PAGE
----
I want to focus here on something else, but it goes along the same lines. I want to talk about attention. I’m of the belief that attention is more valuable than time. Of all the time we have available to us, where do we put our attention? As I stated above, I’d argue that most of our time is wasted on extraneous b.s. that does us no good. What if we were to just focus 100% of our attention on whatever task we may be doing at the time. What if we were to focus 100% on the conversation we’re having right now, or on the book we’re reading, or on the hike we’re taking, or on the customer we have in front of us right now? That’s the best gift you could give somebody, is your attention. Just because you may give someone a lot of time doesn’t mean they’re getting your attention. How much time goes by in the typical conversation before one of the two people involved pull out their cell phone and start texting or checking emails? Some people spend years and years together (time) but end up feeling like they don’t know each other anymore. All that time has gone for nothing.
How much of your attention is actually directed on what you’re doing right now? Are you directing your focus only on those things you want to do or only on the people you actually want to be around? If you have a job, is it something you can fully be present in, or are you just going through the motions hoping for a change? We who train in Aikido run into the same issues. Is our practice going towards improving ourselves, or are we just going through the motions? Is every ounce of our being into it when we train? If not, we’re robbing ourselves.
These are important questions and ones that I believe are worth asking ourselves. Life boils down not to how much time we have here but to where we direct our attention while we’re here. Not to get too dark here, but death teaches us this. When someone we love passes, how often do we regret those conversations that were rushed or spent on negative, wasteful subject matter? I know I do with those who have passed in my life. Attention is the most valuable currency we have. Lets Spend it wisely.
Think of how a thought emanates. I know it’s a shocker that I’m not an expert at this, but from what I’ve noticed, a thought starts off as something, and that something is usually an intention. That intention, from what I’ve observed in my life, is either born from love or fear. Those seem to be the 2 main drivers of the thoughts we have. Obviously, the more our intention stems from love, the more creative and productive we usually are. Most fear based thoughts are reactions. When something excites fear into us, we react and usually say or do something stupid, hurtful, etc., which we later regret (or not).
When we come from a place of love, it seems to come from a place of action and is more creative. Coming from a place of love takes initiative. To do or say something positive, encouraging, supportive, etc., takes action. During the most profound times in which we say or do something positive, we realize at the time that it’s usually easier to just hang back and not say or do anything. It takes some courage to offer someone a compliment, for example, or to help the old lady out with the groceries (I’ve yet to do that).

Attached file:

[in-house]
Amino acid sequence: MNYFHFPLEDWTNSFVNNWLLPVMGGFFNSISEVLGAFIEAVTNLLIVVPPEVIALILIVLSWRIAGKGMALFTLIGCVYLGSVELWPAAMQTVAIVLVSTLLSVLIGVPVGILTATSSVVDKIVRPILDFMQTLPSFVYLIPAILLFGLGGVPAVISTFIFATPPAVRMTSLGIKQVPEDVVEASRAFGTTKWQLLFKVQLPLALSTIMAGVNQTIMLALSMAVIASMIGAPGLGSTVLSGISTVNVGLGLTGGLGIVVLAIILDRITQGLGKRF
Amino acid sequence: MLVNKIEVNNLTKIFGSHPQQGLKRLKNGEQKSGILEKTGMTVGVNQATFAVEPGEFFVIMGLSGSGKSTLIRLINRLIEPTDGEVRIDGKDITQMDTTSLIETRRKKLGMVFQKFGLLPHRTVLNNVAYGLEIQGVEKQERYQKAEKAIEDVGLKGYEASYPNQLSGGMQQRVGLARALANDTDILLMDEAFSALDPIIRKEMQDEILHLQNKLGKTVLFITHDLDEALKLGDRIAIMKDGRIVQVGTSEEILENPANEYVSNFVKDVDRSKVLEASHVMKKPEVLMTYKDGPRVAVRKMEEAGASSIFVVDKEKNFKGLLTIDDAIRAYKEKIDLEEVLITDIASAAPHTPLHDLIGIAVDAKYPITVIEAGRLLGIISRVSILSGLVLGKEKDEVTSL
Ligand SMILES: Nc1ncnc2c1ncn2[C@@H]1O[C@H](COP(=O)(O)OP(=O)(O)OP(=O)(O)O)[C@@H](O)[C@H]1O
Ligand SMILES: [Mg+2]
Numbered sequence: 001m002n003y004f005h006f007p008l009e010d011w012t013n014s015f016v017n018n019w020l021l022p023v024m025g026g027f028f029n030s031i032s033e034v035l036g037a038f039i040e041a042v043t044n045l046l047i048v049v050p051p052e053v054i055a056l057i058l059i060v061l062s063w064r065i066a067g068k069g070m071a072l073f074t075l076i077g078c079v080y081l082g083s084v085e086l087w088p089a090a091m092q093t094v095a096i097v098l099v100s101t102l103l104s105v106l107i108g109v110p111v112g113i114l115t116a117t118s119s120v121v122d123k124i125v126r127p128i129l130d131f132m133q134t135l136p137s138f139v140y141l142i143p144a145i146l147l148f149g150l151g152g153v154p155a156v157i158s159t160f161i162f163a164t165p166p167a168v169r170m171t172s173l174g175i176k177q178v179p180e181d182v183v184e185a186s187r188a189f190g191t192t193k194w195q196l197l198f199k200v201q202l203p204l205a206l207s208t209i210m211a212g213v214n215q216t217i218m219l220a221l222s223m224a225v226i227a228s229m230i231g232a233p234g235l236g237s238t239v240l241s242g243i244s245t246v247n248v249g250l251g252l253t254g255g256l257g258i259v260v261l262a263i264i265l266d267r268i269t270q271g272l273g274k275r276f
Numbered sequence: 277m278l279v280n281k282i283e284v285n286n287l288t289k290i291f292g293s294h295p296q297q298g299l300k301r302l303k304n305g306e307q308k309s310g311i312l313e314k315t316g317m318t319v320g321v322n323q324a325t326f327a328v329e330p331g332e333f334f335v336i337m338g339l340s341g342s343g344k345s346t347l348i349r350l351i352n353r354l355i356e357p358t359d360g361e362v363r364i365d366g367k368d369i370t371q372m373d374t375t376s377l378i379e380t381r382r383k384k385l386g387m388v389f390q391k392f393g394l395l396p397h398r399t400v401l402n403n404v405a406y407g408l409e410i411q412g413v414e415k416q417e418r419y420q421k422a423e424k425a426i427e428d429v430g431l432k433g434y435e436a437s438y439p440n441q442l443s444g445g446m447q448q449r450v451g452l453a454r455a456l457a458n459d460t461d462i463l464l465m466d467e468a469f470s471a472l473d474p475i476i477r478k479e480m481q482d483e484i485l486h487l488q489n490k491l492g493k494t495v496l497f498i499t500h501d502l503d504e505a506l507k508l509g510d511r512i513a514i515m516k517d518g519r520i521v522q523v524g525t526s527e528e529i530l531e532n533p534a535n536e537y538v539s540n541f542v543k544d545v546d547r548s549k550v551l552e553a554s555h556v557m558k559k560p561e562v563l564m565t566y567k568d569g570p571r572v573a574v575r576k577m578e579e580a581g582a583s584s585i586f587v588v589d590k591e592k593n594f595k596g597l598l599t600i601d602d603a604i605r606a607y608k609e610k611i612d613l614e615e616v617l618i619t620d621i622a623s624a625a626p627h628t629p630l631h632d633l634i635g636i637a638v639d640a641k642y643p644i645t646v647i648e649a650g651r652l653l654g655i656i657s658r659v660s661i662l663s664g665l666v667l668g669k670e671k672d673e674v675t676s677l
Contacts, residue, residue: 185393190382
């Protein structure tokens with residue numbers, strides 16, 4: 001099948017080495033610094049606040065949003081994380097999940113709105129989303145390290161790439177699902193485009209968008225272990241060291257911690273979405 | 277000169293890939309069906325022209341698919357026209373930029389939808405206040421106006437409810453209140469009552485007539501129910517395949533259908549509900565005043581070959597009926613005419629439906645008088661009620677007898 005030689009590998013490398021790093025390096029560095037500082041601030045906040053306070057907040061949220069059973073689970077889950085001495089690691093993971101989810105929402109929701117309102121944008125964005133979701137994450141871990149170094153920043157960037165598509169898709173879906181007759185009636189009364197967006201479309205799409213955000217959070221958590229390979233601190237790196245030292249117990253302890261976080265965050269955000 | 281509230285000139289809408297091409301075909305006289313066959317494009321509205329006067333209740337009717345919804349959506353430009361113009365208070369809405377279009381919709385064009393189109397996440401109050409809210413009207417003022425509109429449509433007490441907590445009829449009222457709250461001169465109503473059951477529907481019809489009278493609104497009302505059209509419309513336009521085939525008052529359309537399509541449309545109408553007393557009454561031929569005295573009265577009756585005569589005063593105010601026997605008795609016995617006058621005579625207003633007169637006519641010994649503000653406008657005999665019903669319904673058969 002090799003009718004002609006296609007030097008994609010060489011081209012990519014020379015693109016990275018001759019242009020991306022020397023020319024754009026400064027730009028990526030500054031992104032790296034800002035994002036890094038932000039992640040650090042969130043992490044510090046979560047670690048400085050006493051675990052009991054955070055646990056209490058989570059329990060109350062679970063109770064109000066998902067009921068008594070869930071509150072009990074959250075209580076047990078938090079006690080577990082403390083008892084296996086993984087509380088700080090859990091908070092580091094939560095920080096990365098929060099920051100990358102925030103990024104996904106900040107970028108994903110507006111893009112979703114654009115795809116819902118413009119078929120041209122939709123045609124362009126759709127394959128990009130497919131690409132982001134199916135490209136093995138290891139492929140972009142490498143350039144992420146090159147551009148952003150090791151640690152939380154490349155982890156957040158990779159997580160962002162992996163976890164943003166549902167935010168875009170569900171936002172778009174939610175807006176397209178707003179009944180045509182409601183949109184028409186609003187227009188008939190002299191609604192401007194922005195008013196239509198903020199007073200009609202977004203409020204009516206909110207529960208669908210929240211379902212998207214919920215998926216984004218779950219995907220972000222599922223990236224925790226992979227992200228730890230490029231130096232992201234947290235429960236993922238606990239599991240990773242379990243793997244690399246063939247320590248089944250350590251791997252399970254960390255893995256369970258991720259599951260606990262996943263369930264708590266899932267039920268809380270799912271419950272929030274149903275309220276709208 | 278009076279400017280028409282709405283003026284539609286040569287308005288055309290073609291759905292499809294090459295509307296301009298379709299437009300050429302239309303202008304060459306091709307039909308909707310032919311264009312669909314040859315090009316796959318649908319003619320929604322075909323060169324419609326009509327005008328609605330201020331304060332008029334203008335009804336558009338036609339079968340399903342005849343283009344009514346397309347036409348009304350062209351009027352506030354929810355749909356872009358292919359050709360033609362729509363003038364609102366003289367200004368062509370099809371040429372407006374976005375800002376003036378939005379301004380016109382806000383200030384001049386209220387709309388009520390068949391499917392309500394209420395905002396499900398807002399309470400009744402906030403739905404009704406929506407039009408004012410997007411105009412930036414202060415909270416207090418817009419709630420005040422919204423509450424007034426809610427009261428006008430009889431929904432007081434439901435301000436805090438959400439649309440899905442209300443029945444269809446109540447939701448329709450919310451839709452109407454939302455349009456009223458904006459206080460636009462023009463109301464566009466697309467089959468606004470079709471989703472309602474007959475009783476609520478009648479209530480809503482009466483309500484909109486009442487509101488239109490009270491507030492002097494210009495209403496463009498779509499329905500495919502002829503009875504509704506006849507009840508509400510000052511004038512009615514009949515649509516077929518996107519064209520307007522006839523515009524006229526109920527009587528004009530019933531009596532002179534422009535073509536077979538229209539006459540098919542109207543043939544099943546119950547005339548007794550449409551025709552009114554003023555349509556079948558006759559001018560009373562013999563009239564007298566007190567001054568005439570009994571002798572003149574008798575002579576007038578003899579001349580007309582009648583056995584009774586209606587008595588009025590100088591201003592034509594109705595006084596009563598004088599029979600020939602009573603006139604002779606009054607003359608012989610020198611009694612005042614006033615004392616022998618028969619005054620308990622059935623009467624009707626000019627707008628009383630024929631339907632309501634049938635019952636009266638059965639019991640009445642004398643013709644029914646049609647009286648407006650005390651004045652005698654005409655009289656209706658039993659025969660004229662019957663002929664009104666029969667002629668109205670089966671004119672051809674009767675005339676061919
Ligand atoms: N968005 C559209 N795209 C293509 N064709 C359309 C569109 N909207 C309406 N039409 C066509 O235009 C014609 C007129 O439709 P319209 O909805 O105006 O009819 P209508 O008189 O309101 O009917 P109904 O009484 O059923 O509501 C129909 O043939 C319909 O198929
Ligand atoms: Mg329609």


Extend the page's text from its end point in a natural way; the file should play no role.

Just the other day I went to this coffee shop that I really love going to, and as I was sitting there, I thought to myself just how many people actually compliment the owner. This place has a pretty good local following and people clearly love it. The owner put her heart and sould into creating this wonderful atmosphere. How many people take five minutes out of their day and tell her how much they appreciate the risks she’s taken and the time and effort she’s put into creating this little world of hers? I’m guessing not many (hopefully I’m wrong). I’ve done it myself and I do it all the time. Every time I go in there, I tell myself that I should email her and thank her for doing all she’s done to enable me to have this experience. I never did it.
When we look at the flip side, how many people have complained that their sandwich was a bit dry or the coffee was a little too strong, or it was too hot or cold in the building? My guess is quite a few. Complaints are a lot easier because they’re usually knee-jerk reactions to outside stimuli. The ‘lizard brain’ assists us with these. With creativeness, we have to access a higher part of ourselves. So, I finally did it. It took me, literally, five minutes to sit down and write the owner of the coffee shop an email saying how much I appreciate what she’s done. I hope she reads it and it negates all of the negative b.s. that fills up her inbox. This came from a place of action. It took a certain amount of fortitude to do it. After I did it, it was like a rush, I gotta say. Spreading positiveness and constructive compliments are how things grow, and I hope by my compliment, I played a small part in that. Acting from love as opposed to reacting from fear is an exercise that takes time to condition for, but the effects it has are very powerful and is where true positive change is born from. Be part of the movement and act.